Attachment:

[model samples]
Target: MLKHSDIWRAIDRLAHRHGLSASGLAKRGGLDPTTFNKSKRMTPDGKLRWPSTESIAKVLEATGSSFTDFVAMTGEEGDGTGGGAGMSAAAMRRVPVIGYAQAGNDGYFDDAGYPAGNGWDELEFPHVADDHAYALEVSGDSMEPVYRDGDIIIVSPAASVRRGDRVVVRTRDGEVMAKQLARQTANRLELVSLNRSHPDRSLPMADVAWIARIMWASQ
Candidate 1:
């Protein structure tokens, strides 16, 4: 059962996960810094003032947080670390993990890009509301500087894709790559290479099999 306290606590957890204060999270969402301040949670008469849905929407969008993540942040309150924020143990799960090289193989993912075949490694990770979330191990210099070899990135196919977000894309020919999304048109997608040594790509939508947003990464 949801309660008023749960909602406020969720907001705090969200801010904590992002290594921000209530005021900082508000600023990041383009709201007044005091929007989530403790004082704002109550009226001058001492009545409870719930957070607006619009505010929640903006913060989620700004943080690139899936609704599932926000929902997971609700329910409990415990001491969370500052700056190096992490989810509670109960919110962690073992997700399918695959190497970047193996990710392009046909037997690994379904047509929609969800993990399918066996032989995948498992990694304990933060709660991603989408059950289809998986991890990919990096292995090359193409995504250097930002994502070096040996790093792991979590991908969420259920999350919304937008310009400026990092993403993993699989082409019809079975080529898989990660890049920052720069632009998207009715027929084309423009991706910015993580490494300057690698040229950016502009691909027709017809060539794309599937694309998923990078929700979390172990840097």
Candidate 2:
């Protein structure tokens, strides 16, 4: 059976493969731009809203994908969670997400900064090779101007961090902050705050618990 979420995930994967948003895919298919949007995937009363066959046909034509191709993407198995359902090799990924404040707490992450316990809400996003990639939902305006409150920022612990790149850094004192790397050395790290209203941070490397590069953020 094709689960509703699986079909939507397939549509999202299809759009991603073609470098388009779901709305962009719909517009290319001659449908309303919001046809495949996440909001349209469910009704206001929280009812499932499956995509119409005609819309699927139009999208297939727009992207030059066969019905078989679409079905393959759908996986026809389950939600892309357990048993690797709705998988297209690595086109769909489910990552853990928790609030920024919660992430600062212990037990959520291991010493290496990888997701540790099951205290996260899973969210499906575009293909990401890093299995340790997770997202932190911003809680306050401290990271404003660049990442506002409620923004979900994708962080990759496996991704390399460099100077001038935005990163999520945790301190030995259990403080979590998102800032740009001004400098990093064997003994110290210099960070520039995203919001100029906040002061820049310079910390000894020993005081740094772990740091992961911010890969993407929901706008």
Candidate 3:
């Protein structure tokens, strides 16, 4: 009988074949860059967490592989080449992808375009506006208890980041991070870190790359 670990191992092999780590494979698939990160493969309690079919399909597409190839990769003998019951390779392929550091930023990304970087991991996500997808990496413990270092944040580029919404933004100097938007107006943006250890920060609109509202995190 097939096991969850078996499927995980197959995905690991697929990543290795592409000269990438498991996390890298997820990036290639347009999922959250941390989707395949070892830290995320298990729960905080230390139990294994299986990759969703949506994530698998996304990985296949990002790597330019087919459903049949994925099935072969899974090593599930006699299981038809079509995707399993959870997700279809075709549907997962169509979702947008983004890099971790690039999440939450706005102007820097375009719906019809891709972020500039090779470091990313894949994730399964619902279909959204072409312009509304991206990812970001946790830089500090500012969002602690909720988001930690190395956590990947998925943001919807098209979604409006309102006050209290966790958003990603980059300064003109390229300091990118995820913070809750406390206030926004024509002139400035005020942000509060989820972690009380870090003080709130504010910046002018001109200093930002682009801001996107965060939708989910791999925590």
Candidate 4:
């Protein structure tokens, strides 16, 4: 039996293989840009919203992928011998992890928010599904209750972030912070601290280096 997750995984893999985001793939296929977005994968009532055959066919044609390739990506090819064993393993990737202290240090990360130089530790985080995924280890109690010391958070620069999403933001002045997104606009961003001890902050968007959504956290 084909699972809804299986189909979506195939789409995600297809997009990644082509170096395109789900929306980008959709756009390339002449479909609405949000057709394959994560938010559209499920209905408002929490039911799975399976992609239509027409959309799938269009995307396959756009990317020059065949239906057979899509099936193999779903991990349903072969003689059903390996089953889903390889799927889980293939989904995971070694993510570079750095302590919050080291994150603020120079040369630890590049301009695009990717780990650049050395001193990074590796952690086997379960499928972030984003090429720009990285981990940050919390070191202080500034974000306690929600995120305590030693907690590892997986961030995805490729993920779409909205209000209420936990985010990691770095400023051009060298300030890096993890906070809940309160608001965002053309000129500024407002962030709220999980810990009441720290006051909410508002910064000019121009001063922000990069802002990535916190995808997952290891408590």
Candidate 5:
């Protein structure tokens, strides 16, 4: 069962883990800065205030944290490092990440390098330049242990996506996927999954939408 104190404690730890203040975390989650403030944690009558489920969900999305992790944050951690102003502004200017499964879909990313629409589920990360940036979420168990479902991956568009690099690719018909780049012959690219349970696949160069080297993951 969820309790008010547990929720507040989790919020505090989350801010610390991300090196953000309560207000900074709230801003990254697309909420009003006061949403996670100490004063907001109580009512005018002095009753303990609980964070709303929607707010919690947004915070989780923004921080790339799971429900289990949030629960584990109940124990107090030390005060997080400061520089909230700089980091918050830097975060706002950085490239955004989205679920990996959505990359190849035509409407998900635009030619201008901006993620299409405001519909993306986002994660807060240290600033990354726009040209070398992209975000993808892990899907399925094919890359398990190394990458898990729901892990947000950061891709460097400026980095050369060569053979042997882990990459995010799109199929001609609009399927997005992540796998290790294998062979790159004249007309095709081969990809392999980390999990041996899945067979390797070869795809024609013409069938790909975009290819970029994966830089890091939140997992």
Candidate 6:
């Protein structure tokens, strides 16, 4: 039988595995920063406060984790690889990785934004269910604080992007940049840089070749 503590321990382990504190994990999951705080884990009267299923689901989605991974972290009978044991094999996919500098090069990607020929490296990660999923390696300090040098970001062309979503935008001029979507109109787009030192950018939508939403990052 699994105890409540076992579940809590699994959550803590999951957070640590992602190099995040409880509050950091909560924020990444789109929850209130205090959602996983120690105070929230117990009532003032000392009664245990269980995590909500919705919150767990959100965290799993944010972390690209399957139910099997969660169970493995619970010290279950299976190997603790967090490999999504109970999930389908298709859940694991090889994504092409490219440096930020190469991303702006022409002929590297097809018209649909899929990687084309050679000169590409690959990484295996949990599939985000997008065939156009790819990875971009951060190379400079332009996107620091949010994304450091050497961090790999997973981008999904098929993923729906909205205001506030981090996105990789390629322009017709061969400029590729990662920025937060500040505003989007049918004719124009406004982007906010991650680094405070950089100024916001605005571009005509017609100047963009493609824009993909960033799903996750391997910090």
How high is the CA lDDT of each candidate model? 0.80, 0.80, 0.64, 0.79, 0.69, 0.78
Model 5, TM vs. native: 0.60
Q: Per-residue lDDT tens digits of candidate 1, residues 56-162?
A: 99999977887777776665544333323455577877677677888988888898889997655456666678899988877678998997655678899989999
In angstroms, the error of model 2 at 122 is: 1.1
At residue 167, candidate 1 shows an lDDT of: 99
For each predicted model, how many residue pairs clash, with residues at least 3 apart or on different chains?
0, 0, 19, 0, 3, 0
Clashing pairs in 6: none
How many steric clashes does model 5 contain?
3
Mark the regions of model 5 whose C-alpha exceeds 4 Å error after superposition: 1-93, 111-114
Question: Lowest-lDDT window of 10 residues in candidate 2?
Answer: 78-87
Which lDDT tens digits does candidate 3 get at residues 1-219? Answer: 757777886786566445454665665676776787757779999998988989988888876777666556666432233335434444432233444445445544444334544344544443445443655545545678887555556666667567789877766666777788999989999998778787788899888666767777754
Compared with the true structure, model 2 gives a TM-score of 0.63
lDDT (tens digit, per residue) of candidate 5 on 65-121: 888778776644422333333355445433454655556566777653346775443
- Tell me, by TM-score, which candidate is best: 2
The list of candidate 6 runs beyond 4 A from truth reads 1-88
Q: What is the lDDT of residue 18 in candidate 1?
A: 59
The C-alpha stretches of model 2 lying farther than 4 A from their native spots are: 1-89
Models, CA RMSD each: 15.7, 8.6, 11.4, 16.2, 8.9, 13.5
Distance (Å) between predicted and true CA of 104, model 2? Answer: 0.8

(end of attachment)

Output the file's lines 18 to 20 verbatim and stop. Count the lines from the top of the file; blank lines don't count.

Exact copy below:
A: 99999977887777776665544333323455577877677677888988888898889997655456666678899988877678998997655678899989999
In angstroms, the error of model 2 at 122 is: 1.1
At residue 167, candidate 1 shows an lDDT of: 99